NLRB charges Boeing with illegal retaliation

The National Labor Relations Board on Wednesday filed a complaint charging Boeing with illegal retaliation for moving a second line of production of its new Dreamliner 787 airplane from Everett, Washington to Charleston, South Carolina to punish members of the International Association of Machinists District 751 at the Everett plant for exercising their legal right to strike against the company in 2008, 2005, 1995, and 1989.

The NLRB filed the complaint after investigating an unfair labor practice charge filed in 2010 against Boeing by IAM District 751. The complaint was filed in response to comments made by Boeing executives like CEO and President James McNerney, Jr., who in October 2009 told a quarterly earnings conference call that Boeing would diversify its labor pool and labor relations by moving the second 787 production line to South Carolina due “to strikes happening every three or four years in Puget Sound (Everett).”

“By opening the line in Charleston, Boeing tried to intimidate our members with the idea that the company would take away work unless (workers)  made concessions at the bargaining table,” said Tom Wroblewski, president of IAM District 751. “But the law is clear; American workers have the right to pursue collective bargaining and no company–not even Boeing– can threaten or punish them for exercising their rights.”

In 2008, a strike by IAM  members stopped Boeing from forcing workers to make health care and pension concessions. The company wanted workers to pay more for their health care premium and prescription medicines, and it wanted  to take away pension benefits for families of deceased workers, even though the company had recorded $13 billion in net profits since 2002. The strike also limited Boeing’s plan to outsource work.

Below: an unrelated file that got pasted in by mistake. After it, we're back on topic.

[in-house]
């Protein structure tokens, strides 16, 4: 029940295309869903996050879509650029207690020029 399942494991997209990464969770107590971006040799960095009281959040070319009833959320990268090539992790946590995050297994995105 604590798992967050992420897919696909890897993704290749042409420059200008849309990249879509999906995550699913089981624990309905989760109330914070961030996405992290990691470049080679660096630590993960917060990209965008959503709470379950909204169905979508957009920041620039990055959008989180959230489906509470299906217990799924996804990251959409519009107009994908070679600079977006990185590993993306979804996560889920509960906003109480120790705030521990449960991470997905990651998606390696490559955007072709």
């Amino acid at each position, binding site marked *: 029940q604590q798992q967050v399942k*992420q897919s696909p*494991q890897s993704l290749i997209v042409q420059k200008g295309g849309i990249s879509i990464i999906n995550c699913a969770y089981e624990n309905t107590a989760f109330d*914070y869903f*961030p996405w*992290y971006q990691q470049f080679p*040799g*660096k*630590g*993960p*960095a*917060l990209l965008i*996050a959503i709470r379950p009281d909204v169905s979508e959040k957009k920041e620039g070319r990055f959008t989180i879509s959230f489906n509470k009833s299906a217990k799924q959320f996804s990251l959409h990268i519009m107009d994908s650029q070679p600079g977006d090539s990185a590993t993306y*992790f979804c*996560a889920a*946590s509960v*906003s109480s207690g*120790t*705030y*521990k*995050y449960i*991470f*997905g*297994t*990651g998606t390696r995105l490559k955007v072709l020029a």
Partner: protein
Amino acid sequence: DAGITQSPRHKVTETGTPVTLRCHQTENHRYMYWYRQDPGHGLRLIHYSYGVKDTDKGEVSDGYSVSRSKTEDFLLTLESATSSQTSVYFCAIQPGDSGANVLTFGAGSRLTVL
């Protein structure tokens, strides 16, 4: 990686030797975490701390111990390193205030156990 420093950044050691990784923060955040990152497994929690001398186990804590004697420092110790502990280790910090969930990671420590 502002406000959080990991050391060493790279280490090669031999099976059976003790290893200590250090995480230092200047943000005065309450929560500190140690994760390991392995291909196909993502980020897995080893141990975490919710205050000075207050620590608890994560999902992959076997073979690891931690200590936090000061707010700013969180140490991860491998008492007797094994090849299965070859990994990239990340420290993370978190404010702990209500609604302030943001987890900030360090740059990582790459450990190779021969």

After the strike ended, Boeing executives complained that the union gave workers too much say in how the plant was run, which led to its decision to move the second production line to South Carolina. Before Boeing moved to South Carolina, it told workers at the Charleston airplane factory that Boeing had purchased from a company that went out of business that they would have to vote to decertify the IAM as their bargaining representative if they wanted the work moved to South Carolina, which they did.

South Carolina sweetened the deal by offering Boeing $170 million in grants and incentives and tens of millions of dollars in tax breaks to move the work to Charleston.

A hearing on the complaint will be heard on June 14 by an NLRB Administrative Judge. The labor board will be asking the judge to return the work moved to South Carolina in retaliation for the strikes back to Everett.

“Taking work away from workers because they exercise their union rights is against the law, and it’s against the law in 50 states,” Wroblewski said. “Had we allowed Boeing to break the law and go unchecked in their actions, it would have given the green light to corporate America to discriminate against union members and would have become management’s new template to attack employees.”


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